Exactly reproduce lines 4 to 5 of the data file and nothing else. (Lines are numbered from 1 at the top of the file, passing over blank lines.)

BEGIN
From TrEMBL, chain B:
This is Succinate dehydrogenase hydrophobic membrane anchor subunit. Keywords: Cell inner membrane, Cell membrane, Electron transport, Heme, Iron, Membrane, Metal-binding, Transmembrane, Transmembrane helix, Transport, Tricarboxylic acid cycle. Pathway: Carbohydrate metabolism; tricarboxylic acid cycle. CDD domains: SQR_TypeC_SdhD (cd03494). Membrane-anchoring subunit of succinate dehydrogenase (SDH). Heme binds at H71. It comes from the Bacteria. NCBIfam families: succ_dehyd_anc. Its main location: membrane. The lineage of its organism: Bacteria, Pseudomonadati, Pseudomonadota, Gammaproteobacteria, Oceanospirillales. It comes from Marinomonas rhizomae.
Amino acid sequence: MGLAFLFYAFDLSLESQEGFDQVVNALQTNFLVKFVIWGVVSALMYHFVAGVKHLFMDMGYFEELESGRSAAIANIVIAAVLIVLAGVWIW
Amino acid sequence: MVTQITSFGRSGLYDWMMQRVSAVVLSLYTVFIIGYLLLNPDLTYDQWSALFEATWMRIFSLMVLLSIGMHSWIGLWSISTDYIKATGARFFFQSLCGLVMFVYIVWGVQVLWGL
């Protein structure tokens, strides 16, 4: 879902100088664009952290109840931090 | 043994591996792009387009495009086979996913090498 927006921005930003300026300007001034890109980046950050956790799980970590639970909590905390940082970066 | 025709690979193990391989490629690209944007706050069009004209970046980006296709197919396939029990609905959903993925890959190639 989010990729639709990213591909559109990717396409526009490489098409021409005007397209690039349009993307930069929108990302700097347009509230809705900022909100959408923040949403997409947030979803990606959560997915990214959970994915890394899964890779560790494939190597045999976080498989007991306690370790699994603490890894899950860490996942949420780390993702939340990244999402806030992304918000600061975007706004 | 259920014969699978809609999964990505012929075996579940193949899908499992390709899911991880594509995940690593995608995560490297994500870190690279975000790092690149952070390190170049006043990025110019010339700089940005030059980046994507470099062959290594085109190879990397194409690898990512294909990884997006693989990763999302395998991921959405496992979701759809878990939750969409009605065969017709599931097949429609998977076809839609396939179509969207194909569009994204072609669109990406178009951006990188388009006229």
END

Amino acid sequence: MVTQITSFGRSGLYDWMMQRVSAVVLSLYTVFIIGYLLLNPDLTYDQWSALFEATWMRIFSLMVLLSIGMHSWIGLWSISTDYIKATGARFFFQSLCGLVMFVYIVWGVQVLWGL
């Protein structure tokens, strides 16, 4: 879902100088664009952290109840931090 | 043994591996792009387009495009086979996913090498 927006921005930003300026300007001034890109980046950050956790799980970590639970909590905390940082970066 | 025709690979193990391989490629690209944007706050069009004209970046980006296709197919396939029990609905959903993925890959190639 989010990729639709990213591909559109990717396409526009490489098409021409005007397209690039349009993307930069929108990302700097347009509230809705900022909100959408923040949403997409947030979803990606959560997915990214959970994915890394899964890779560790494939190597045999976080498989007991306690370790699994603490890894899950860490996942949420780390993702939340990244999402806030992304918000600061975007706004 | 259920014969699978809609999964990505012929075996579940193949899908499992390709899911991880594509995940690593995608995560490297994500870190690279975000790092690149952070390190170049006043990025110019010339700089940005030059980046994507470099062959290594085109190879990397194409690898990512294909990884997006693989990763999302395998991921959405496992979701759809878990939750969409009605065969017709599931097949429609998977076809839609396939179509969207194909569009994204072609669109990406178009951006990188388009006229």